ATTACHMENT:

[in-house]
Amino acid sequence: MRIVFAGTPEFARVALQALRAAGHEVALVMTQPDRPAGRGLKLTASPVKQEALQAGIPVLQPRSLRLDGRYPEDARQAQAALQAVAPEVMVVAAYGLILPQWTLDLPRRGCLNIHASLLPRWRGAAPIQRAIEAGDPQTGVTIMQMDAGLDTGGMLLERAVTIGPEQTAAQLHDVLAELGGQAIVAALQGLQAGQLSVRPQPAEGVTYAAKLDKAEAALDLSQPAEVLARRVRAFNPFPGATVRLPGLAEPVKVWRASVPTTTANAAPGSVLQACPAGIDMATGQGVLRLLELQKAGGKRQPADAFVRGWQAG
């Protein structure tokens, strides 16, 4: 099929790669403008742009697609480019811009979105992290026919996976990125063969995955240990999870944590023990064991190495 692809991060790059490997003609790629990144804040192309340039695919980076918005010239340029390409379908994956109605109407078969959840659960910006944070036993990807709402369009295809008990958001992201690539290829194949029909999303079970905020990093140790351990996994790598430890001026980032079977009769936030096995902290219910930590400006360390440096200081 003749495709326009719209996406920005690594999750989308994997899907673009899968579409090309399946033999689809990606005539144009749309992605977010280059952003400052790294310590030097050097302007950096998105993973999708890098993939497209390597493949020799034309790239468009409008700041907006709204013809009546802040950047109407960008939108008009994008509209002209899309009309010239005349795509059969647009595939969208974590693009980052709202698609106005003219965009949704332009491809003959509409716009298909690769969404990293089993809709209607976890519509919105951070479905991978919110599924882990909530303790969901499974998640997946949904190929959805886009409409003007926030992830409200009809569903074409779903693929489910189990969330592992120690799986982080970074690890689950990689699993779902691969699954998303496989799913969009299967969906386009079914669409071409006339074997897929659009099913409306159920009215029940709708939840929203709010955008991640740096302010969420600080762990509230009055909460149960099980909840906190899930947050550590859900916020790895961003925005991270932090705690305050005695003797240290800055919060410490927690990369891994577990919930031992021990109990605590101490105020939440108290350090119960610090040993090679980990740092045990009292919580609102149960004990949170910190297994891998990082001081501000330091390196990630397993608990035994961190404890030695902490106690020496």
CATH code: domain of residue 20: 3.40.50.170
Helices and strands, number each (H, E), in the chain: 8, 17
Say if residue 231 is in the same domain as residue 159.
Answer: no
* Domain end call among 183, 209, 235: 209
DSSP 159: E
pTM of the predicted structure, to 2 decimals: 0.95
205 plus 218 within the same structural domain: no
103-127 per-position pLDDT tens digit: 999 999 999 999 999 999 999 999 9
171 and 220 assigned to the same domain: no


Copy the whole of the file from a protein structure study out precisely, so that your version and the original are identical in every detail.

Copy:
[in-house]
Amino acid sequence: MRIVFAGTPEFARVALQALRAAGHEVALVMTQPDRPAGRGLKLTASPVKQEALQAGIPVLQPRSLRLDGRYPEDARQAQAALQAVAPEVMVVAAYGLILPQWTLDLPRRGCLNIHASLLPRWRGAAPIQRAIEAGDPQTGVTIMQMDAGLDTGGMLLERAVTIGPEQTAAQLHDVLAELGGQAIVAALQGLQAGQLSVRPQPAEGVTYAAKLDKAEAALDLSQPAEVLARRVRAFNPFPGATVRLPGLAEPVKVWRASVPTTTANAAPGSVLQACPAGIDMATGQGVLRLLELQKAGGKRQPADAFVRGWQAG
């Protein structure tokens, strides 16, 4: 099929790669403008742009697609480019811009979105992290026919996976990125063969995955240990999870944590023990064991190495 692809991060790059490997003609790629990144804040192309340039695919980076918005010239340029390409379908994956109605109407078969959840659960910006944070036993990807709402369009295809008990958001992201690539290829194949029909999303079970905020990093140790351990996994790598430890001026980032079977009769936030096995902290219910930590400006360390440096200081 003749495709326009719209996406920005690594999750989308994997899907673009899968579409090309399946033999689809990606005539144009749309992605977010280059952003400052790294310590030097050097302007950096998105993973999708890098993939497209390597493949020799034309790239468009409008700041907006709204013809009546802040950047109407960008939108008009994008509209002209899309009309010239005349795509059969647009595939969208974590693009980052709202698609106005003219965009949704332009491809003959509409716009298909690769969404990293089993809709209607976890519509919105951070479905991978919110599924882990909530303790969901499974998640997946949904190929959805886009409409003007926030992830409200009809569903074409779903693929489910189990969330592992120690799986982080970074690890689950990689699993779902691969699954998303496989799913969009299967969906386009079914669409071409006339074997897929659009099913409306159920009215029940709708939840929203709010955008991640740096302010969420600080762990509230009055909460149960099980909840906190899930947050550590859900916020790895961003925005991270932090705690305050005695003797240290800055919060410490927690990369891994577990919930031992021990109990605590101490105020939440108290350090119960610090040993090679980990740092045990009292919580609102149960004990949170910190297994891998990082001081501000330091390196990630397993608990035994961190404890030695902490106690020496």
CATH code: domain of residue 20: 3.40.50.170
Helices and strands, number each (H, E), in the chain: 8, 17
Say if residue 231 is in the same domain as residue 159.
Answer: no
* Domain end call among 183, 209, 235: 209
DSSP 159: E
pTM of the predicted structure, to 2 decimals: 0.95
205 plus 218 within the same structural domain: no
103-127 per-position pLDDT tens digit: 999 999 999 999 999 999 999 999 9
171 and 220 assigned to the same domain: no